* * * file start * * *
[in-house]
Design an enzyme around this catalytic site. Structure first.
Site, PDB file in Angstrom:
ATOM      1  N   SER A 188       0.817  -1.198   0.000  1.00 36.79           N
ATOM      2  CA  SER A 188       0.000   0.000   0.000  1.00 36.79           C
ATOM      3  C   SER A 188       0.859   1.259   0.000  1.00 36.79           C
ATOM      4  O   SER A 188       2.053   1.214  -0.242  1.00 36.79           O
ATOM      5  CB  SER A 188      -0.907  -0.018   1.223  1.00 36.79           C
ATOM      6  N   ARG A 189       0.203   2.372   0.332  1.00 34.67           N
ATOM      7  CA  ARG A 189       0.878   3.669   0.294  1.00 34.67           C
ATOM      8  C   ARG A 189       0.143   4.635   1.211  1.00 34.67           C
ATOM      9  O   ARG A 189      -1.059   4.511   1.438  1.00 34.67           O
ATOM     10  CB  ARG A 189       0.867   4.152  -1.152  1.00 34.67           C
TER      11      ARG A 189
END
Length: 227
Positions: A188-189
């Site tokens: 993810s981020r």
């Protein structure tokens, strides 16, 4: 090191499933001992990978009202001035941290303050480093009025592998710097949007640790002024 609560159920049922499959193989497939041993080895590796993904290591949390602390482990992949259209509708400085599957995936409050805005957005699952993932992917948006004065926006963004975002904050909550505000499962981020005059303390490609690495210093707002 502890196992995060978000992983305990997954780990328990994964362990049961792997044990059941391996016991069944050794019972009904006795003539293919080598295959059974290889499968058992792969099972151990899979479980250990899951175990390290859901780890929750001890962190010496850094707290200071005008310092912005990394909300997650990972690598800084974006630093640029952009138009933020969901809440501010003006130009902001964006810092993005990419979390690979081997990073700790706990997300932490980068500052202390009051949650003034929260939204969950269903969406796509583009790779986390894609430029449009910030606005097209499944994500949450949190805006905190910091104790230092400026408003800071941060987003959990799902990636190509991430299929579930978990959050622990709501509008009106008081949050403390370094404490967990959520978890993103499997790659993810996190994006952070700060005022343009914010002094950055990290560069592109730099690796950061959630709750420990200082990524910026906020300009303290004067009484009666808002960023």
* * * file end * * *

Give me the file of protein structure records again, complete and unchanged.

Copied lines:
[in-house]
Design an enzyme around this catalytic site. Structure first.
Site, PDB file in Angstrom:
ATOM      1  N   SER A 188       0.817  -1.198   0.000  1.00 36.79           N
ATOM      2  CA  SER A 188       0.000   0.000   0.000  1.00 36.79           C
ATOM      3  C   SER A 188       0.859   1.259   0.000  1.00 36.79           C
ATOM      4  O   SER A 188       2.053   1.214  -0.242  1.00 36.79           O
ATOM      5  CB  SER A 188      -0.907  -0.018   1.223  1.00 36.79           C
ATOM      6  N   ARG A 189       0.203   2.372   0.332  1.00 34.67           N
ATOM      7  CA  ARG A 189       0.878   3.669   0.294  1.00 34.67           C
ATOM      8  C   ARG A 189       0.143   4.635   1.211  1.00 34.67           C
ATOM      9  O   ARG A 189      -1.059   4.511   1.438  1.00 34.67           O
ATOM     10  CB  ARG A 189       0.867   4.152  -1.152  1.00 34.67           C
TER      11      ARG A 189
END
Length: 227
Positions: A188-189
């Site tokens: 993810s981020r």
């Protein structure tokens, strides 16, 4: 090191499933001992990978009202001035941290303050480093009025592998710097949007640790002024 609560159920049922499959193989497939041993080895590796993904290591949390602390482990992949259209509708400085599957995936409050805005957005699952993932992917948006004065926006963004975002904050909550505000499962981020005059303390490609690495210093707002 502890196992995060978000992983305990997954780990328990994964362990049961792997044990059941391996016991069944050794019972009904006795003539293919080598295959059974290889499968058992792969099972151990899979479980250990899951175990390290859901780890929750001890962190010496850094707290200071005008310092912005990394909300997650990972690598800084974006630093640029952009138009933020969901809440501010003006130009902001964006810092993005990419979390690979081997990073700790706990997300932490980068500052202390009051949650003034929260939204969950269903969406796509583009790779986390894609430029449009910030606005097209499944994500949450949190805006905190910091104790230092400026408003800071941060987003959990799902990636190509991430299929579930978990959050622990709501509008009106008081949050403390370094404490967990959520978890993103499997790659993810996190994006952070700060005022343009914010002094950055990290560069592109730099690796950061959630709750420990200082990524910026906020300009303290004067009484009666808002960023």